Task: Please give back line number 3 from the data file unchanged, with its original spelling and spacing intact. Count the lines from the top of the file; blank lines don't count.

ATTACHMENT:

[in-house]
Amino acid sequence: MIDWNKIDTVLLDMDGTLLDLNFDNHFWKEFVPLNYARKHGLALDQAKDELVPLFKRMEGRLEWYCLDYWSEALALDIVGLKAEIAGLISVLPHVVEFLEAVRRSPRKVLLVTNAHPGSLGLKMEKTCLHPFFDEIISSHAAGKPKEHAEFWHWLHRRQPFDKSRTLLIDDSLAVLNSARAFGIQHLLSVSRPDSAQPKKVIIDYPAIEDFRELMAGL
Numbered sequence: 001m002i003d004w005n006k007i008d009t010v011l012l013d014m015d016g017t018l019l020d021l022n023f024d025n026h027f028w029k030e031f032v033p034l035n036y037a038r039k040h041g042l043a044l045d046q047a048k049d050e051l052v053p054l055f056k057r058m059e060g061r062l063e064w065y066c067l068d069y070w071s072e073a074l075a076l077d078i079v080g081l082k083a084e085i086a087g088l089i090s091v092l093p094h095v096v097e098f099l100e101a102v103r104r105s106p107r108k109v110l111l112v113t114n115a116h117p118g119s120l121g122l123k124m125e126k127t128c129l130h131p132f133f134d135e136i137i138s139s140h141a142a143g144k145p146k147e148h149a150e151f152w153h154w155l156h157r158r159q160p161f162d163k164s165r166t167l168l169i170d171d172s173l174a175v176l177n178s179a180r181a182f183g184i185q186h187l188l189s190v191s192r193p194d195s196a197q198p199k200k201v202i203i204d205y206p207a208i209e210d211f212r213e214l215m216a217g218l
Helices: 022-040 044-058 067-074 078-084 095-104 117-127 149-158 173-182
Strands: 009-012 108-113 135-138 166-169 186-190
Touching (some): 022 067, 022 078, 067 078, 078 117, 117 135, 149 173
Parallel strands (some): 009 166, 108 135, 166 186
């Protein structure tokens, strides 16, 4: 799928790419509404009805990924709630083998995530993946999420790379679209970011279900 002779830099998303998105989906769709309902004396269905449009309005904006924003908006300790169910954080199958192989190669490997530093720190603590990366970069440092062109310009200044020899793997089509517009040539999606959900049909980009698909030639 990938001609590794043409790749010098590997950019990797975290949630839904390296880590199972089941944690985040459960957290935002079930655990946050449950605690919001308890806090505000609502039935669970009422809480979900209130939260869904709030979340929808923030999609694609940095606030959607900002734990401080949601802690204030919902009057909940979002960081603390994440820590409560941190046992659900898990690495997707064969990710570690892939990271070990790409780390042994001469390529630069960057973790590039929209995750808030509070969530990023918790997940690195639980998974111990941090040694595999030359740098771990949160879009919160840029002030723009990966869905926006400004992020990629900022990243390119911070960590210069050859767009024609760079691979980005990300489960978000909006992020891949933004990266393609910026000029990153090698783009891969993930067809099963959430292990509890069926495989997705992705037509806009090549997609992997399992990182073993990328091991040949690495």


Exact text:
Numbered sequence: 001m002i003d004w005n006k007i008d009t010v011l012l013d014m015d016g017t018l019l020d021l022n023f024d025n026h027f028w029k030e031f032v033p034l035n036y037a038r039k040h041g042l043a044l045d046q047a048k049d050e051l052v053p054l055f056k057r058m059e060g061r062l063e064w065y066c067l068d069y070w071s072e073a074l075a076l077d078i079v080g081l082k083a084e085i086a087g088l089i090s091v092l093p094h095v096v097e098f099l100e101a102v103r104r105s106p107r108k109v110l111l112v113t114n115a116h117p118g119s120l121g122l123k124m125e126k127t128c129l130h131p132f133f134d135e136i137i138s139s140h141a142a143g144k145p146k147e148h149a150e151f152w153h154w155l156h157r158r159q160p161f162d163k164s165r166t167l168l169i170d171d172s173l174a175v176l177n178s179a180r181a182f183g184i185q186h187l188l189s190v191s192r193p194d195s196a197q198p199k200k201v202i203i204d205y206p207a208i209e210d211f212r213e214l215m216a217g218l